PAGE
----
Running: Inside and Out


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I want to talk about jogging and running, and the differences between outdoor training and treadmills.

When running outdoors their are environmental factors that come into play that affect exercise intensity. The obvious ones are wind resistance; you need to push your body through the air resistance when moving forward; and terrain variation, as no path is perfectly flat. On a treadmill, your body is not moving forward, so wind resistance is removed and need not be overcome, and the surface you’re running on is essentially flat. This is enough to cause treadmills to burn 5-10% fewer calories than outdoor running, though this can be compensated for by increasing the elevation 1°, while maintaining the same speed.

There are less obvious factors, however. For most runners, the form factor of the treadmill will alter the gate of the runner, forcing a more upright stance and altering the foot strike pattern, than would be optimal outdoors. An upright stance will change the way impact shock is distributed. This is compensated for by the treadmill with built in cushioning, but the upright posture can become habit and transfer into outdoor running where it can lead to a variety of injuries including shin splints, ankle, knee, hip and back pain.

Another factor is that research suggests treadmills over-report the amount of calories being burned by 20-25%. Factor in that treadmills are reputed to burn 5-10% fewer calories than outdoor running and the amount of calories you think your burning turns out to be significantly less.

I suspect, however, that even the 5-10% under-estimates the negative for treadmills. Many websites report that treadmills are essentially the same as outdoor running minus those environmental factors, but I disagree. I argue that the treadmill, being motorized, is inherently different than the proverbial hamster in a spinning wheel; the example most sited to explain why treadmills are mostly the same as outdoor running. The spinning wheel is not motorized, and the hamster must supply the energy to move it, even though the hamster is running in place. Another example is a person running on the deck of a cruise ship at sea. The cruise ship is moving, propelling the runner along regardless of their effort.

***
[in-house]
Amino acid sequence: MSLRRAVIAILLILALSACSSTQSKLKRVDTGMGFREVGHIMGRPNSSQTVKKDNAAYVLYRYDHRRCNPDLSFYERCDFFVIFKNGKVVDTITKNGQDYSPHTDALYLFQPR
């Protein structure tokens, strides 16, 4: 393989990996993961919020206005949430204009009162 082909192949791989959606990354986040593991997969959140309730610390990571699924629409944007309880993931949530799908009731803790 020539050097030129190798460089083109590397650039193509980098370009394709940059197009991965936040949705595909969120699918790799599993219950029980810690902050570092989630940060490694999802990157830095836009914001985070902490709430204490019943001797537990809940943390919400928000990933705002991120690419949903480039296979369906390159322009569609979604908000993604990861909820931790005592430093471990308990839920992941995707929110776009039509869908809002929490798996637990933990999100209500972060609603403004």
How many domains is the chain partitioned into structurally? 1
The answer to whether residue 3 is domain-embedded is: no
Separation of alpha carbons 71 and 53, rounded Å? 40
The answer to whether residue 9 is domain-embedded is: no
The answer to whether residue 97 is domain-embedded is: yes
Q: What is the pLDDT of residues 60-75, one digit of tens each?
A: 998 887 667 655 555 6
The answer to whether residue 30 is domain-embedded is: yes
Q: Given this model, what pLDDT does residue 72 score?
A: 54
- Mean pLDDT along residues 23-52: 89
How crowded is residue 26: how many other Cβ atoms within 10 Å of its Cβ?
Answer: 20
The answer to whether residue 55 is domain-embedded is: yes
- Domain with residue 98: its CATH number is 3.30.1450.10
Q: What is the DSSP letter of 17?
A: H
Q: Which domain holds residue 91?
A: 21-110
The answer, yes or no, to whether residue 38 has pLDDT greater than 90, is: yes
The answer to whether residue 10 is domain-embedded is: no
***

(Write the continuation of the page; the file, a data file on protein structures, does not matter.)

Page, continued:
Both of these examples are erroneous. In the case of the hamster, the wheel will not move if the hamster doesn’t push it along, so while the hamster might remain stationary, it is pushing the wheel. The cruise ship example is even worse. A runner on deck would still be propelling their bodies forward, pushing through their hamstrings and glutes. On a treadmill, which is motorized, the treadmill is actually pushing your legs backward, reducing the use of your muscles to stabilization only, and not propulsion, as well.

Treadmills do have a place. Setting a fast pace can compensate for complacency. Inclement weather is no factor, and time of day is less an issue. Also, when you’re in a gym, you will exercise. All bets are off once you leave the premises.

My conclusion: when circumstances permit, walk jog, and run outdoors to maximize your exercise benefit. Leave the treadmill alone when possible.

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2 thoughts on “Running: Inside and Out

  1. The amount of calories I burn according to my heart rate monitor is about 60-70% of what the treadmill estimates. That’s a ridiculous over-estimate by the treadmill! But I still like to look at the numbers while I run 🙂

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